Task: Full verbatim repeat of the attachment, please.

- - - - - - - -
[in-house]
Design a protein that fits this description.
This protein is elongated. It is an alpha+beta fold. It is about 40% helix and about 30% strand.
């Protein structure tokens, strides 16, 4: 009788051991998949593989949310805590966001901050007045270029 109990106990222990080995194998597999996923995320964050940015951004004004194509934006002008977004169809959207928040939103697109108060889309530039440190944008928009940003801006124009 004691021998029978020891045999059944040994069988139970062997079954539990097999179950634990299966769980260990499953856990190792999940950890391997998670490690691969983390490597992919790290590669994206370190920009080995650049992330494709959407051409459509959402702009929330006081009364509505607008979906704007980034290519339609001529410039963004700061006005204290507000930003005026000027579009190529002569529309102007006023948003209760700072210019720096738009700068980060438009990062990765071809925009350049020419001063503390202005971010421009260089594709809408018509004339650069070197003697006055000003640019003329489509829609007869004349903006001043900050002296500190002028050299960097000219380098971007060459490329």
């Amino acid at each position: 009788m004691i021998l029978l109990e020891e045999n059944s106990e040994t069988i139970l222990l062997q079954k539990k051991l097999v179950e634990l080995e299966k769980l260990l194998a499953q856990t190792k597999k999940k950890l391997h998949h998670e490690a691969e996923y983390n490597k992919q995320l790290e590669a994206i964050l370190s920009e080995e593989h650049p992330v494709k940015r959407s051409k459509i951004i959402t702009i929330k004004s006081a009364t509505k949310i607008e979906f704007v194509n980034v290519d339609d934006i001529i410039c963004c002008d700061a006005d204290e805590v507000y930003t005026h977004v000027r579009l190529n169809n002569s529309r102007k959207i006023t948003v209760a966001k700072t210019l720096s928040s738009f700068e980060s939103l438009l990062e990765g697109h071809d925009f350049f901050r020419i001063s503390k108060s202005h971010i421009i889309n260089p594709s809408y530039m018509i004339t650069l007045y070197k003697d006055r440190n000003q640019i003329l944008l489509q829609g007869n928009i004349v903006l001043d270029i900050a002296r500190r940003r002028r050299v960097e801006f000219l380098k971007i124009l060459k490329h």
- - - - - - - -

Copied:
[in-house]
Design a protein that fits this description.
This protein is elongated. It is an alpha+beta fold. It is about 40% helix and about 30% strand.
């Protein structure tokens, strides 16, 4: 009788051991998949593989949310805590966001901050007045270029 109990106990222990080995194998597999996923995320964050940015951004004004194509934006002008977004169809959207928040939103697109108060889309530039440190944008928009940003801006124009 004691021998029978020891045999059944040994069988139970062997079954539990097999179950634990299966769980260990499953856990190792999940950890391997998670490690691969983390490597992919790290590669994206370190920009080995650049992330494709959407051409459509959402702009929330006081009364509505607008979906704007980034290519339609001529410039963004700061006005204290507000930003005026000027579009190529002569529309102007006023948003209760700072210019720096738009700068980060438009990062990765071809925009350049020419001063503390202005971010421009260089594709809408018509004339650069070197003697006055000003640019003329489509829609007869004349903006001043900050002296500190002028050299960097000219380098971007060459490329």
């Amino acid at each position: 009788m004691i021998l029978l109990e020891e045999n059944s106990e040994t069988i139970l222990l062997q079954k539990k051991l097999v179950e634990l080995e299966k769980l260990l194998a499953q856990t190792k597999k999940k950890l391997h998949h998670e490690a691969e996923y983390n490597k992919q995320l790290e590669a994206i964050l370190s920009e080995e593989h650049p992330v494709k940015r959407s051409k459509i951004i959402t702009i929330k004004s006081a009364t509505k949310i607008e979906f704007v194509n980034v290519d339609d934006i001529i410039c963004c002008d700061a006005d204290e805590v507000y930003t005026h977004v000027r579009l190529n169809n002569s529309r102007k959207i006023t948003v209760a966001k700072t210019l720096s928040s738009f700068e980060s939103l438009l990062e990765g697109h071809d925009f350049f901050r020419i001063s503390k108060s202005h971010i421009i889309n260089p594709s809408y530039m018509i004339t650069l007045y070197k003697d006055r440190n000003q640019i003329l944008l489509q829609g007869n928009i004349v903006l001043d270029i900050a002296r500190r940003r002028r050299v960097e801006f000219l380098k971007i124009l060459k490329h």